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    Burial Register annotation

    Please

    Does anyone have any idea what a margin note 'F L' means in a burial register?

    I was only recording the burials for two surnames in the 18th century and it appears against 3 burials in the 1760s.

    I wondered if it was something to do with being buried, or not, in wool but I thought that 'A' or 'Aff' was the usual (and required) annotation?

    Many thanks for any help
    Avatar....My darling mum, Irene June Robinson nee Pearson 1931-2019.

    'Take nothing on its looks, take everything on evidence. There is no better rule' Charles Dickens, Great Expectations.

    #2
    Could it be 'First Lair' or more likely 'Final Lair'?

    This would indicate that it was the first or last lair in a multi-lair grave.

    Hugo

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      #3
      Hugo

      I must admit I have never heard of that!

      Thank you
      Avatar....My darling mum, Irene June Robinson nee Pearson 1931-2019.

      'Take nothing on its looks, take everything on evidence. There is no better rule' Charles Dickens, Great Expectations.

      Comment


        #4
        Could it be anything to do with where the place is? Could it be an abbreviation for a nearby place from which the people came?

        Christine
        Researching: BENNETT (Leics/Birmingham-ish) - incl. Leonard BENNETT in Detroit & Florida ; WARR/WOR, STRATFORD & GARDNER/GARNAR (Oxon); CHRISTMAS, RUSSELL, PAFOOT/PAFFORD (Hants); BIGWOOD, HAYLER/HAILOR (Sussex); LANCASTER (Beds, Berks, Wilts) - plus - COCKS (Spitalfields, Liverpool, Plymouth); RUSE/ROWSE, TREMEER, WADLIN(G)/WADLETON (Devonport, E Cornwall); GOULD (S Devon); CHAPMAN, HALL/HOLE, HORN (N Devon); BARRON, SCANTLEBURY (Mevagissey)...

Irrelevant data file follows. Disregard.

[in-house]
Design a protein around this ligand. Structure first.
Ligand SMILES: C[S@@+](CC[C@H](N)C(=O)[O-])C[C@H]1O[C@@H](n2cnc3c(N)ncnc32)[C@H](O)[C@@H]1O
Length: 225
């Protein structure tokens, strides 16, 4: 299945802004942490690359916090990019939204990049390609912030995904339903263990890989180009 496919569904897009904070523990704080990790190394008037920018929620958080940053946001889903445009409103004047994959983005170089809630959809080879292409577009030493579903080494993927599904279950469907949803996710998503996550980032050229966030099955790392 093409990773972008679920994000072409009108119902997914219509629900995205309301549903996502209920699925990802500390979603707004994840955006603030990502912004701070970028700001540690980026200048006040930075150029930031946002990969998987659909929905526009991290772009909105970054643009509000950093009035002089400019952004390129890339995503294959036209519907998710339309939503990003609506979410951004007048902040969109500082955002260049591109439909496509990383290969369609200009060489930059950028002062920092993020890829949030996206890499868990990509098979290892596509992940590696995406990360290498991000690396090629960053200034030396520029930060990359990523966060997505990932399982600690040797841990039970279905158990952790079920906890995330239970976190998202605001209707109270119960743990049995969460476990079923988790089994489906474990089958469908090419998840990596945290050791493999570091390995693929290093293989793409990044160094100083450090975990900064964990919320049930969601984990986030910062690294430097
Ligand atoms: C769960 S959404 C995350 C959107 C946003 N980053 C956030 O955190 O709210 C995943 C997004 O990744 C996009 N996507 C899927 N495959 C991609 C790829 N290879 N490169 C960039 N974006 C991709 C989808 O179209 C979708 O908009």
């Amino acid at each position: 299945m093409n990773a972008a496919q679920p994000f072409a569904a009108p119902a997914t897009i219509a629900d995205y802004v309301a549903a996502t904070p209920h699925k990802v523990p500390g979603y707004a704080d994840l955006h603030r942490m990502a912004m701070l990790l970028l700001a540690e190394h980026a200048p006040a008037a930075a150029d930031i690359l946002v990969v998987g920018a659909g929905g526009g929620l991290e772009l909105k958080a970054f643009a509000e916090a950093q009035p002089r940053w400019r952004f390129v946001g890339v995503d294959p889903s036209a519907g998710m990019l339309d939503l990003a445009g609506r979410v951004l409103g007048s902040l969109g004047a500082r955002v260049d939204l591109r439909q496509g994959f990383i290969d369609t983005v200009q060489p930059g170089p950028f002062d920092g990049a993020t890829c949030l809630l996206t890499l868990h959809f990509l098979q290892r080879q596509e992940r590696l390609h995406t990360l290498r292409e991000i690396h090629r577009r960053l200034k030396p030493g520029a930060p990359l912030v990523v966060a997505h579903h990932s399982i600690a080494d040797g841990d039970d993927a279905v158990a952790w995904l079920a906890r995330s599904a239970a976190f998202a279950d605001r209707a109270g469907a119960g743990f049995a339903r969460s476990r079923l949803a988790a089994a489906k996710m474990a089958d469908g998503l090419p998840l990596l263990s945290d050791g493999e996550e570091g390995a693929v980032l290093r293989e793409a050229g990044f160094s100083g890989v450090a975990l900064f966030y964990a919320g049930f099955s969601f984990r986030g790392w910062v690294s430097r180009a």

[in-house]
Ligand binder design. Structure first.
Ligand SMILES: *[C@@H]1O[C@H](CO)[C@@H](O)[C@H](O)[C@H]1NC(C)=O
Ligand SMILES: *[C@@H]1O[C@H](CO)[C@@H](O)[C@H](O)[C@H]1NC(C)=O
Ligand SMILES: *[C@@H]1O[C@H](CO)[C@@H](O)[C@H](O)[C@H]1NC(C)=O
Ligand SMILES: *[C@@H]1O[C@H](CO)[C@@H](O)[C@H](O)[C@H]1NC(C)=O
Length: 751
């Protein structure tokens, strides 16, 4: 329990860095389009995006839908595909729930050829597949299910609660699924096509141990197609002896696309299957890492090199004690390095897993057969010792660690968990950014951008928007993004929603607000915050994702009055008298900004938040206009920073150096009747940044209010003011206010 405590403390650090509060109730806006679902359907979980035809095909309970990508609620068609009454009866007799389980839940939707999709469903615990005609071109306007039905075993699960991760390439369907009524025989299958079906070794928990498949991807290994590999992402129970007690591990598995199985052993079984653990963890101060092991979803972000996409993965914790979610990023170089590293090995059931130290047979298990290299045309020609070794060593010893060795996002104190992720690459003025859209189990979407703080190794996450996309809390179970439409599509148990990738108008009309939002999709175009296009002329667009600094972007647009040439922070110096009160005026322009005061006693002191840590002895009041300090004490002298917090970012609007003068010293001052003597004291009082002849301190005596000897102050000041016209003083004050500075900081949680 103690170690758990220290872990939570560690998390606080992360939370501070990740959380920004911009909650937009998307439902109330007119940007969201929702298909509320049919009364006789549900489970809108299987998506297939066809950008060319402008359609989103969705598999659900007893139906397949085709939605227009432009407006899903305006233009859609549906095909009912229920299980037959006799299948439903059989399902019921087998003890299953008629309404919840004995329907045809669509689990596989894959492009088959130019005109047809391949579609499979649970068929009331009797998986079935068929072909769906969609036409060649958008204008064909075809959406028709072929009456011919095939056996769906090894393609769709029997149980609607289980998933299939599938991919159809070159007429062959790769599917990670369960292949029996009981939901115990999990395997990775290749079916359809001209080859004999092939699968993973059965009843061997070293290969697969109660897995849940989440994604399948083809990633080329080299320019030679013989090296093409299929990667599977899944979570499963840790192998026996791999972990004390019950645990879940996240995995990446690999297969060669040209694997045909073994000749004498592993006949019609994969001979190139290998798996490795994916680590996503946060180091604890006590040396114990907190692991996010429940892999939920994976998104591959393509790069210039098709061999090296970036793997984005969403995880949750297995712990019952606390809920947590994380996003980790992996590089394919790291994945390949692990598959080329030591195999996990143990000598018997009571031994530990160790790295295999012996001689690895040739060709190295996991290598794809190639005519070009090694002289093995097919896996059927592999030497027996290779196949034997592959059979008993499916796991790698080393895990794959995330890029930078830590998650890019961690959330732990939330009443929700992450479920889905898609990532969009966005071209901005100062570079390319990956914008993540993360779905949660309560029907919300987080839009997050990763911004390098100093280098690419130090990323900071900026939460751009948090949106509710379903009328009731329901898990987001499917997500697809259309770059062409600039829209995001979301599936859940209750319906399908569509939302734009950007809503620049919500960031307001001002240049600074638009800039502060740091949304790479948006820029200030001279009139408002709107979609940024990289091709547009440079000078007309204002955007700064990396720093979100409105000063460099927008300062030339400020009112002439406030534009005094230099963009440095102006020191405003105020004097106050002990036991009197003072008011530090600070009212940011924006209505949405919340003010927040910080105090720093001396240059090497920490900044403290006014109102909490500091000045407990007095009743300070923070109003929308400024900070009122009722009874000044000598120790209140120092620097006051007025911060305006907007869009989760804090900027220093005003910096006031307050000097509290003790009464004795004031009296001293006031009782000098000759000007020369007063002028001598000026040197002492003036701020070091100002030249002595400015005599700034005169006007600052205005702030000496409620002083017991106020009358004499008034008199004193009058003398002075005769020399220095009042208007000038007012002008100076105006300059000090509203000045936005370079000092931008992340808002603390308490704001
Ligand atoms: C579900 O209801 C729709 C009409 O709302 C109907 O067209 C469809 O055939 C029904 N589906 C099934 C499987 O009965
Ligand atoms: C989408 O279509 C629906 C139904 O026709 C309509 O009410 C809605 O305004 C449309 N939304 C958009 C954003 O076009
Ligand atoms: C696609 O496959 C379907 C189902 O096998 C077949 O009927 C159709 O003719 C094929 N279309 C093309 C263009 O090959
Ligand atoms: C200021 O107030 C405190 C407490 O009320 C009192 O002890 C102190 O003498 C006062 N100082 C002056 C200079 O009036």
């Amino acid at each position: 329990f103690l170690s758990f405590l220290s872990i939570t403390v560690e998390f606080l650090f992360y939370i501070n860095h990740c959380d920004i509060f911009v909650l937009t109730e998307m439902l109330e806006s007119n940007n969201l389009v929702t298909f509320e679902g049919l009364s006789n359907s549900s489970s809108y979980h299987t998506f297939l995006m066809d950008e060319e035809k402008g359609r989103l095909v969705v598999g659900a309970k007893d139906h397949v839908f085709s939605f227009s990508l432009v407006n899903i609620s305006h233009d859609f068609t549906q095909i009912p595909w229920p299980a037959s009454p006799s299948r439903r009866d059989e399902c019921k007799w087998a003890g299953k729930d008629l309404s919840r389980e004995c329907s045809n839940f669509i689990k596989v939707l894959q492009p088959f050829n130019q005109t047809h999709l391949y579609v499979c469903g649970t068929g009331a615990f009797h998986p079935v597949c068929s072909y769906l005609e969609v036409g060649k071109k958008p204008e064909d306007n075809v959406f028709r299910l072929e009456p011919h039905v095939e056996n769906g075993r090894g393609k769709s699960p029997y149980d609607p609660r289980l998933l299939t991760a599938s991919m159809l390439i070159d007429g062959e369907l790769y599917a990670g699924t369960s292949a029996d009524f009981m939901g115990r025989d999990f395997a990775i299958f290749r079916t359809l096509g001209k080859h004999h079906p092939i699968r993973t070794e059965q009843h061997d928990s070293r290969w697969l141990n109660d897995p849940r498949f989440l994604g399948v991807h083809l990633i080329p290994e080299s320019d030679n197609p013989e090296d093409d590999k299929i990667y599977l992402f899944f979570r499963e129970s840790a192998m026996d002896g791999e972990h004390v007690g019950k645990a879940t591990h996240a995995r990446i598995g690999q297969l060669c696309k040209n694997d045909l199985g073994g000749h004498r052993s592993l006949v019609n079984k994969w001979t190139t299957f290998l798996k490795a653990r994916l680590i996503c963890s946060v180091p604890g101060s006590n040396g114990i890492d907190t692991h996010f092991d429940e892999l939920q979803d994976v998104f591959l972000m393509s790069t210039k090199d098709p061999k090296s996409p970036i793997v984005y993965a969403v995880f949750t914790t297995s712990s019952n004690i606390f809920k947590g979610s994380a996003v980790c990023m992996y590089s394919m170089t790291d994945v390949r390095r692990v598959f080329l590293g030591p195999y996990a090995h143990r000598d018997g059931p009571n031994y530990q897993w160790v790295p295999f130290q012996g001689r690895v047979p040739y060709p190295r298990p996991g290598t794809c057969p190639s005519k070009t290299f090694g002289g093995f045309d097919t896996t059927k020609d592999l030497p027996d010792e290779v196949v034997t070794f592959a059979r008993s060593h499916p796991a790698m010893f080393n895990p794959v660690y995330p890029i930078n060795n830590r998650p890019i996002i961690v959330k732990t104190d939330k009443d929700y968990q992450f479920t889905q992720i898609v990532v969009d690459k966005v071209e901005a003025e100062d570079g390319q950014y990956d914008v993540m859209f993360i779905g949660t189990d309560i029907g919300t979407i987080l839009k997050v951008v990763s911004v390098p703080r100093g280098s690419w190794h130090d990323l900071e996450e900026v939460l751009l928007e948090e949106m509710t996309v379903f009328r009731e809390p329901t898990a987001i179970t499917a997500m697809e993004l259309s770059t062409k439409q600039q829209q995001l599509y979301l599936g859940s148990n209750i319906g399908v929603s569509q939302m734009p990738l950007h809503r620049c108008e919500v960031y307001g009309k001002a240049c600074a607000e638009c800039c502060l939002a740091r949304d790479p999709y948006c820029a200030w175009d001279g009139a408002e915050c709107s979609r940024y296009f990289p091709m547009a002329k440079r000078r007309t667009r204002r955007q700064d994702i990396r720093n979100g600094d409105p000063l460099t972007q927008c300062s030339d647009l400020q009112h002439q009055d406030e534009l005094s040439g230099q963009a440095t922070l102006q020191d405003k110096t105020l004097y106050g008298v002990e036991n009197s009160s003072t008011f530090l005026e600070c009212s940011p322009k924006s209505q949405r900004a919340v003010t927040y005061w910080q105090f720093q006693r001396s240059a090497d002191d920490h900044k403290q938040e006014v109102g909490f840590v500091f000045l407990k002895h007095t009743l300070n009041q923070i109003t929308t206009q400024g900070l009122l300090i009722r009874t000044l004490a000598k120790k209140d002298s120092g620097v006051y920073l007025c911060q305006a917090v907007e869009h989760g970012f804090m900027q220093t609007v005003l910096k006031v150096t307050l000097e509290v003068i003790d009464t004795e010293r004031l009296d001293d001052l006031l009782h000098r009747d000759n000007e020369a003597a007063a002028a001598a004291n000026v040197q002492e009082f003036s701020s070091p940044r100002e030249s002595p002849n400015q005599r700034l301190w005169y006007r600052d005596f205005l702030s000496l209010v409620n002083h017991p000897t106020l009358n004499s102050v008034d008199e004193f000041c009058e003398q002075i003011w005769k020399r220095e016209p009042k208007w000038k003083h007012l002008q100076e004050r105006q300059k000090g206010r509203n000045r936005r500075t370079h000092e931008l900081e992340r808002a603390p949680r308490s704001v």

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          #5
          Christine

          The parish is Hampstead Middlesex and I have just done a quick check on parloc for a 5 mile radius and there is nothing that would fit so I don't think it has anything to do with a nearby place. There is also no area of the village, that I know of, that would account for the initials.

          Thank you for the suggestion though, I hadn't thought of that.
          Avatar....My darling mum, Irene June Robinson nee Pearson 1931-2019.

          'Take nothing on its looks, take everything on evidence. There is no better rule' Charles Dickens, Great Expectations.

          Comment


            #6
            Hugo's reference to Lairs is a Scottish term, still used today. So it wouldn't apply to a Middlesex burial.
            Uncle John

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              #7
              Uncle John

              Thank you for clarifying that.

              I am beginning to wonder if it does have something to do with burial in linen....Fined for burial in Linen???....But no entries around it have a corresponding 'A' or 'Aff' to suggest they were still adhering to the Acts.

              Maybe the incumbent gave up recording who was buried in wool as it would be taken as a given, but recorded burial in Linen as he had to account for the fine being paid.

              I may never know!

              Thanks again
              Avatar....My darling mum, Irene June Robinson nee Pearson 1931-2019.

              'Take nothing on its looks, take everything on evidence. There is no better rule' Charles Dickens, Great Expectations.

              Comment

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